Pioneer Boykins left mark on eastern New Mexico

By Ruth Burns: PNT Correspondent

Sid Boykin was one of the cowboys of the early days on the Llano Estacado who made the successful move from the ranch to the business world.

According to Col. Jack Potter, Boykin made his first trip to New Mexico in 1881 with Old Man George Taylor, when Taylor moved the Boot-Bar cattle from Texas. They arrived in December at the Hondo and turned the cattle loose with Jimmy Sutherland’s herd.

Sid went back to Sweetwater, Texas, and stayed that winter and then came with Jim Newman to the DZ Ranch in the spring of 1882.

Sid worked for the DZ until 1892 and then started in business for himself on a little spread southeast of Portales. He and Lizzie Walters MacDonald were married in 1895.

Most cattlemen settled wherever there was room, without the formality of land papers, but Sid filed on his place. He ran about 300 cattle under the “SW” brand and did most of the work himself. His brother, Frank “Babe,” lived with him until 1897, when he married and moved to a place near the sandhills.

Potter and Dan McFatter, DZ cowboy, both agree that Lizzie MacDonald was living at the DZ and working as a cook when Newman bought the rights at the DZ from Andy MacDonald, her husband Will’s brother.

She had been raised Lizzie Walters down near the Ruidoso, where she had been a witness to the Lincoln County War.

She remembered participants on both sides of the conflict, including Billy the Kid, as they often stopped at the Walters’ home for a meal.

Her father, along with many of the more peaceable settlers along the Hondo, did not wish to take sides in the dispute, as they had friends on both sides.

In about 1896 Newman fired my step-grandfather, Bob Wood, from the DZ, as he was wont to do every so often. Bob went and lived with Sid and Lizzie until Newman relented and hired him back. Bob always spoke kindly of Mrs. Boykin’s hospitality and her good cooking.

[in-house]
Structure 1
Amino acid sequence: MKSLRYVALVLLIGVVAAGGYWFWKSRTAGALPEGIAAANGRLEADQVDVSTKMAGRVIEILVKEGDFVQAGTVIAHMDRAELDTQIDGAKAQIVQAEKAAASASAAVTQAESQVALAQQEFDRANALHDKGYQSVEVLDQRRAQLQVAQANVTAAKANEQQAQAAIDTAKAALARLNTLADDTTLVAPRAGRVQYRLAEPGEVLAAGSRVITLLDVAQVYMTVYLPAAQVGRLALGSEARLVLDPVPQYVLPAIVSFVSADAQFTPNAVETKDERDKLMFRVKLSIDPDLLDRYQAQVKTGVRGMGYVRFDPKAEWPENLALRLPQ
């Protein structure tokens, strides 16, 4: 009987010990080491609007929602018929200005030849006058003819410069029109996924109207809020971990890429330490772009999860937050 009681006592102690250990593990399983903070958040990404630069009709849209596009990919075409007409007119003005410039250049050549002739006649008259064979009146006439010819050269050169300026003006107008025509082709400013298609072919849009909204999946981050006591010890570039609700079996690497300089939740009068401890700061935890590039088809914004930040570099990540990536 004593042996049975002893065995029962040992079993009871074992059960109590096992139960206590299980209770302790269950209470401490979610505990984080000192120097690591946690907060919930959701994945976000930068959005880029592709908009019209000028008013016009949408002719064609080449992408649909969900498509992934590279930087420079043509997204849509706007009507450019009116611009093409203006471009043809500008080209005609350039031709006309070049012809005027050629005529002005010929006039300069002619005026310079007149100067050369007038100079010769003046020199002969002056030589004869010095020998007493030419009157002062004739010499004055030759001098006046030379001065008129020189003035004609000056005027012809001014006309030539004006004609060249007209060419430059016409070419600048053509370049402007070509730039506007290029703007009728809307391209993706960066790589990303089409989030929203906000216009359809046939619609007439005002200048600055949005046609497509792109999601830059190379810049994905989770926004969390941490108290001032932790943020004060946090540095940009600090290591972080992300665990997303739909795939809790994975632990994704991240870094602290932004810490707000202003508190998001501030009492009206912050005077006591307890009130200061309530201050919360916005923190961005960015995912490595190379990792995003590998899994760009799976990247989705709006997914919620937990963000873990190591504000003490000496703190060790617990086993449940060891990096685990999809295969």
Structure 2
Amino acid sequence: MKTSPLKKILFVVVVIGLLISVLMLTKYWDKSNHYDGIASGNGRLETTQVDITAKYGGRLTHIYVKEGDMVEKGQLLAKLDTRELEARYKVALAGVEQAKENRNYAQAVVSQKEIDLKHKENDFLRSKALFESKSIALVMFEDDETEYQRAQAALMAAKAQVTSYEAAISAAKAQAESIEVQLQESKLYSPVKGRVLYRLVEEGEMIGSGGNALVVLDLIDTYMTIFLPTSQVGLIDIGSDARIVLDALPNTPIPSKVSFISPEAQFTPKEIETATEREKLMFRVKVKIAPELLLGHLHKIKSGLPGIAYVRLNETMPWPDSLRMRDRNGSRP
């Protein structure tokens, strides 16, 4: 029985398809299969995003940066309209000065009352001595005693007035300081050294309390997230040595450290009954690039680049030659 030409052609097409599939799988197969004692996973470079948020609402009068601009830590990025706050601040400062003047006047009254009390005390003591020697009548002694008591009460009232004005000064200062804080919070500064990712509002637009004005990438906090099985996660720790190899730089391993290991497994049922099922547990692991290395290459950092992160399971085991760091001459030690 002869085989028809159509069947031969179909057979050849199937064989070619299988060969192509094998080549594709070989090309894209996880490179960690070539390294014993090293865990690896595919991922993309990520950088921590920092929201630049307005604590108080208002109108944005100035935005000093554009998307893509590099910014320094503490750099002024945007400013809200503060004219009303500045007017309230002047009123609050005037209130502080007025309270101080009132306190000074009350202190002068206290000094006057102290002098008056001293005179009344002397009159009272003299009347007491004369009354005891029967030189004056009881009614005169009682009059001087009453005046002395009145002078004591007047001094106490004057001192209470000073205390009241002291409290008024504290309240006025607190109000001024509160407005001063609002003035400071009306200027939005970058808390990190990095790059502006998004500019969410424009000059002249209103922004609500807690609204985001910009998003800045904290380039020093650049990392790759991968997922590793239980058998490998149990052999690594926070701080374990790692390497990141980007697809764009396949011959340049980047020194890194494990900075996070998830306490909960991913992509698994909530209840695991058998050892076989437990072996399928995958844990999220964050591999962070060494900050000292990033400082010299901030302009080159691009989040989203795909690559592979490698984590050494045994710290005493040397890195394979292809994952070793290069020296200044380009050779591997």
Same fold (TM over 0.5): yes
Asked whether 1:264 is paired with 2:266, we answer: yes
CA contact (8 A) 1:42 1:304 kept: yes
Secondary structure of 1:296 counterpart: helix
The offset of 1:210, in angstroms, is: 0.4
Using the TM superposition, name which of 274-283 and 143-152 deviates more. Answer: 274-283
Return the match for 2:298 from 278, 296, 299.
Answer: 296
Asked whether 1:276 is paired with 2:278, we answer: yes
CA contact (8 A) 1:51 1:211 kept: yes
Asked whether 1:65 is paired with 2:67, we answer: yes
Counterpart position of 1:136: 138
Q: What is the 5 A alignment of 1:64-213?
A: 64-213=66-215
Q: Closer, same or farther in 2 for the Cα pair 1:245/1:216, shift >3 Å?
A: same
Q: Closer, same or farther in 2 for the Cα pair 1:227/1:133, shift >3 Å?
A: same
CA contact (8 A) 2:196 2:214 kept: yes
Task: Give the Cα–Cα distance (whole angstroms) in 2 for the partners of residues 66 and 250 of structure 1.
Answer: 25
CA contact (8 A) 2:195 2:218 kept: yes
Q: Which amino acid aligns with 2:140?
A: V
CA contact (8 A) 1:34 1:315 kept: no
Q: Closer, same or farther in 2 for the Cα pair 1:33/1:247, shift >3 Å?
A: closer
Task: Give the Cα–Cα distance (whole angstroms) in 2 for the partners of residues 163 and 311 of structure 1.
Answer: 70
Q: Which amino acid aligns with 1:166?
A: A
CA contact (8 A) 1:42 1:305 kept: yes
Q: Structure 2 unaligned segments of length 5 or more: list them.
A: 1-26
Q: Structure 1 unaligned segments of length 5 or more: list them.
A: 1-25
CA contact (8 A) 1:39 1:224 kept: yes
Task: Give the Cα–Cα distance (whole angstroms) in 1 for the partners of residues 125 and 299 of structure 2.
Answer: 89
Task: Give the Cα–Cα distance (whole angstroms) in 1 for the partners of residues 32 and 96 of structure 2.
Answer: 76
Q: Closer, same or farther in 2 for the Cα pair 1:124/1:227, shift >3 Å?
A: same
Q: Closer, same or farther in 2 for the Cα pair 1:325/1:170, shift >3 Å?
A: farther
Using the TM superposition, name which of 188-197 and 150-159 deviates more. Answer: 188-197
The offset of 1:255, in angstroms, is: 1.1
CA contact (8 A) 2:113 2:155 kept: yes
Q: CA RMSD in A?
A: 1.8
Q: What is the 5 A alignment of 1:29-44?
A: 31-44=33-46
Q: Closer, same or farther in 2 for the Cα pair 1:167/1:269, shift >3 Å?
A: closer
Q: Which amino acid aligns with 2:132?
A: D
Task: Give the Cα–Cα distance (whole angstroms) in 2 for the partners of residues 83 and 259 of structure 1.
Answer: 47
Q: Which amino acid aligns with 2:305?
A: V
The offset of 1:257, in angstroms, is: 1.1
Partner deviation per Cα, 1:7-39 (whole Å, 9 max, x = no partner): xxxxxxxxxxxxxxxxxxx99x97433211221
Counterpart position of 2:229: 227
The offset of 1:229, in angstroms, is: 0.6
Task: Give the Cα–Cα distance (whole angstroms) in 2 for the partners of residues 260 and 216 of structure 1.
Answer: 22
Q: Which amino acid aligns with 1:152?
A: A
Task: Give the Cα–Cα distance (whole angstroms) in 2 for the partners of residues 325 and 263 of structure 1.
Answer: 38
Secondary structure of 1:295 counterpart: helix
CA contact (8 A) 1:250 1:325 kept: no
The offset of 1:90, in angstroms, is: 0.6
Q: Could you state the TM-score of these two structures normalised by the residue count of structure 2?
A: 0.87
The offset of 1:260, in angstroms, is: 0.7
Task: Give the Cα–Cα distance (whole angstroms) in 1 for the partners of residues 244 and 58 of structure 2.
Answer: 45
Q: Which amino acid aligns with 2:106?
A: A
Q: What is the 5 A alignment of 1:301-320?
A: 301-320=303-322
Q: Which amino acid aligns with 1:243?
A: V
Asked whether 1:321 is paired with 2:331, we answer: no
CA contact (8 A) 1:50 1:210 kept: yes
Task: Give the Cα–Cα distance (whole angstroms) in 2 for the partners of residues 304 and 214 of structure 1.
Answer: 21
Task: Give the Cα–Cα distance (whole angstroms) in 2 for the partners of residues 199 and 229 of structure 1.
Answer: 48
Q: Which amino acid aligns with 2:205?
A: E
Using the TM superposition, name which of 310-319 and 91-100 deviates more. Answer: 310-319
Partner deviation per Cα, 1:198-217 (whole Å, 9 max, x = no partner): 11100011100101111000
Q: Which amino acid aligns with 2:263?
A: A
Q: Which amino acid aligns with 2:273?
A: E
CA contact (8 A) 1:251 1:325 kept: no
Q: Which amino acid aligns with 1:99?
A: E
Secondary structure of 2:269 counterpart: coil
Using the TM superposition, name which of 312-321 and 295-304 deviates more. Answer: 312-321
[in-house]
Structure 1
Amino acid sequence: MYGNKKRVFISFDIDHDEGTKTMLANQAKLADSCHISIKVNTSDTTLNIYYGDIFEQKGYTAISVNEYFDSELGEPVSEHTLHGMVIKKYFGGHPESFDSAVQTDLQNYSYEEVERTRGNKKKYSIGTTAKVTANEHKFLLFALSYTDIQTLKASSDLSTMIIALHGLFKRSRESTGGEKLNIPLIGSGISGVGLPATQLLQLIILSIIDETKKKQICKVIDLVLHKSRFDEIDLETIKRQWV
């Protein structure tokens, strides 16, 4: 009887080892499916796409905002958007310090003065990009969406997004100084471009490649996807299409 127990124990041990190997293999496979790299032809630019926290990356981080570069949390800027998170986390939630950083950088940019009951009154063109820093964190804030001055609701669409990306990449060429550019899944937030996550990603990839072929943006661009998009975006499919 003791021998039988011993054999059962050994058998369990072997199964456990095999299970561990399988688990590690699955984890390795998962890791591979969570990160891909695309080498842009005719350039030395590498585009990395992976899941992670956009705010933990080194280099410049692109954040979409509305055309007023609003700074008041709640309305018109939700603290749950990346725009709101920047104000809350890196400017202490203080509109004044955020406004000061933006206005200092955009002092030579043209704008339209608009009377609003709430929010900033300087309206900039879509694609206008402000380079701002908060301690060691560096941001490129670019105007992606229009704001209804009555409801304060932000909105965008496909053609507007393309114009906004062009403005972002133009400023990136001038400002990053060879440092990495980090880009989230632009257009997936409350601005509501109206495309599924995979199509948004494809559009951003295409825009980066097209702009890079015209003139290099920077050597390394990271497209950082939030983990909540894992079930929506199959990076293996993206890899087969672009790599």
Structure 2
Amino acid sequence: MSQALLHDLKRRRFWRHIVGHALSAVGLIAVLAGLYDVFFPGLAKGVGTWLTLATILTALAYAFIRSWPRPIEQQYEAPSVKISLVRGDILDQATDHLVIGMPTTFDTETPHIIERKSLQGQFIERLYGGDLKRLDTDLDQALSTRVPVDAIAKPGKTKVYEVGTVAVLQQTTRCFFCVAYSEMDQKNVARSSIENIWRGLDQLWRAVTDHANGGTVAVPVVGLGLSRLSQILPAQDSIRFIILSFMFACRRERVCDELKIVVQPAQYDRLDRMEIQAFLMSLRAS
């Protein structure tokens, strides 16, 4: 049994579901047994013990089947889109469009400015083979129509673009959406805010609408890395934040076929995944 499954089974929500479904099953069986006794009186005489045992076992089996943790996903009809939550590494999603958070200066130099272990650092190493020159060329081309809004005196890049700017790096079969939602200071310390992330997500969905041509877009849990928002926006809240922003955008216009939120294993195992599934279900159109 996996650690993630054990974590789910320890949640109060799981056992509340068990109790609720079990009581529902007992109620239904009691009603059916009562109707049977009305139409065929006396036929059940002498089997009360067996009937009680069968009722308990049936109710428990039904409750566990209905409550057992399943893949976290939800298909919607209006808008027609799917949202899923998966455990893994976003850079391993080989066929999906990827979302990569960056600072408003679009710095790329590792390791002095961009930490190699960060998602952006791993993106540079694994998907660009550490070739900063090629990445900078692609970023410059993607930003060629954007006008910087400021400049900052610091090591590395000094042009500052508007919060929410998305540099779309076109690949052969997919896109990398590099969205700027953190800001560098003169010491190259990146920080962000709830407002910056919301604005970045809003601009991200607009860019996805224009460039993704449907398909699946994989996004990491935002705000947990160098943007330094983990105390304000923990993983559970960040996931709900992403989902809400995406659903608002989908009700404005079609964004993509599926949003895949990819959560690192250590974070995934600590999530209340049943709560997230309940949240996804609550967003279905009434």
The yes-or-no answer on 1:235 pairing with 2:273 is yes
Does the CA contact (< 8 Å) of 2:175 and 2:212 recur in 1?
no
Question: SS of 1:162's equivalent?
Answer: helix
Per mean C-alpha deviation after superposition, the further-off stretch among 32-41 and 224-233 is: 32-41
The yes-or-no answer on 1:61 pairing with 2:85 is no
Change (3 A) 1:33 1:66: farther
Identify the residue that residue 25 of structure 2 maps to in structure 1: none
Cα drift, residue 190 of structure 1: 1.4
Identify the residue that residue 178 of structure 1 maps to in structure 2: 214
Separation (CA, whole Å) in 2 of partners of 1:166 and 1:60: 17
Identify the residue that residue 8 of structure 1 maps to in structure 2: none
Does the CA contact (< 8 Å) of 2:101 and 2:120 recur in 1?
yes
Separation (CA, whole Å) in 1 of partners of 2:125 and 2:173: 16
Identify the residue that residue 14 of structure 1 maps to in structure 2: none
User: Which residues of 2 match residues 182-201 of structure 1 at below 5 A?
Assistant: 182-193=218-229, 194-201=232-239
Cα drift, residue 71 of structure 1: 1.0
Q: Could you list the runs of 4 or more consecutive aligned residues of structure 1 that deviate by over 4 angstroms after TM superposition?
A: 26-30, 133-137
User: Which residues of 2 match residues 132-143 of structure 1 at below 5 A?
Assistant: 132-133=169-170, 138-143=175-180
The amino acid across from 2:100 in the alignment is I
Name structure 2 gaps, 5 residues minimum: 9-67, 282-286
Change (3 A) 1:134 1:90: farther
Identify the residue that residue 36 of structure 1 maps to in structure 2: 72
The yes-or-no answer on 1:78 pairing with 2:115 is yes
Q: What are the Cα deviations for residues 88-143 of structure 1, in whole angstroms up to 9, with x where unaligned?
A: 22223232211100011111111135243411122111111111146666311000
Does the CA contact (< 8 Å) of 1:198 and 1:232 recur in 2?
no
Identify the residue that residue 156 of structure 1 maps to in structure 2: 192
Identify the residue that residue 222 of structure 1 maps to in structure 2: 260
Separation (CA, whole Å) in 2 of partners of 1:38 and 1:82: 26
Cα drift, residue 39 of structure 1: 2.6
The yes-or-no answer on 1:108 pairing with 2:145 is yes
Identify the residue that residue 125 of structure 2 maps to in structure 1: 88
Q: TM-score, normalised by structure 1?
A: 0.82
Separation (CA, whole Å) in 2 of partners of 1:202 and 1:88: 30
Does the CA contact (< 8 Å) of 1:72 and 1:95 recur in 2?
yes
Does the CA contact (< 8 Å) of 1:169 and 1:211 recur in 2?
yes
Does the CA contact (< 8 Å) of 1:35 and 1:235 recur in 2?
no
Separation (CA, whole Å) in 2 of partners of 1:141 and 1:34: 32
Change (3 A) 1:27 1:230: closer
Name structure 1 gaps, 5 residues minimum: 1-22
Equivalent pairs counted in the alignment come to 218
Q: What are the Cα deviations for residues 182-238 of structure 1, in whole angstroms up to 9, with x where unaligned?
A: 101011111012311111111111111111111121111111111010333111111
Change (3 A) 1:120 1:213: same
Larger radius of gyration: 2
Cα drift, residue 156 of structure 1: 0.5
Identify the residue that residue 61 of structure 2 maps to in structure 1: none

At a time when most ranches had no milk or butter, Sid always kept a milk cow at the house. Lizzie kept chickens and had a nice little vegetable garden. In those days there were no crops in the country at all except for those at Sid’s and at the H-Bar.

In 1898 Sid built a bigger house, but he only lived in it two and one-half years. When people began crowding in with the coming of the railroad, Sid wasn’t satisfied.

He moved his cattle south of Tucumcari and soon bought the ranch on the Frio Draw near the De Oliveiras and Rheas. He and Lizzie lived in a dugout for several years and then built a nice rock house.

Sid prospered in the cattle business and in 1913 he bought into the First National Bank of Clovis. In 1915 he, along with A. W. Skarda and S.A. Jones, bought controlling interest in the bank.

Sid and Lizzie built a house at 400 Sheldon St. in Clovis, which still stands today. My mother, Rose White, was a frequent visitor in their home, where Lizzie was known for her hospitality and her delicious coconut cakes.

Sid never lost his love of ranching and still owned the ranch on the Frio at the time of his death. He passed away in 1933 and Mrs. Boykin in 1952.

Don McAlavy has an informative article on the Boykins in the “High Plains History Book” by McAlavy and Harold Kilmer, available in local libraries.

Ruth Burns has taken her information from the research and interviews of her mother, Rose “Mrs. Eddie” White. She may be contacted at rwburns11@gmail.com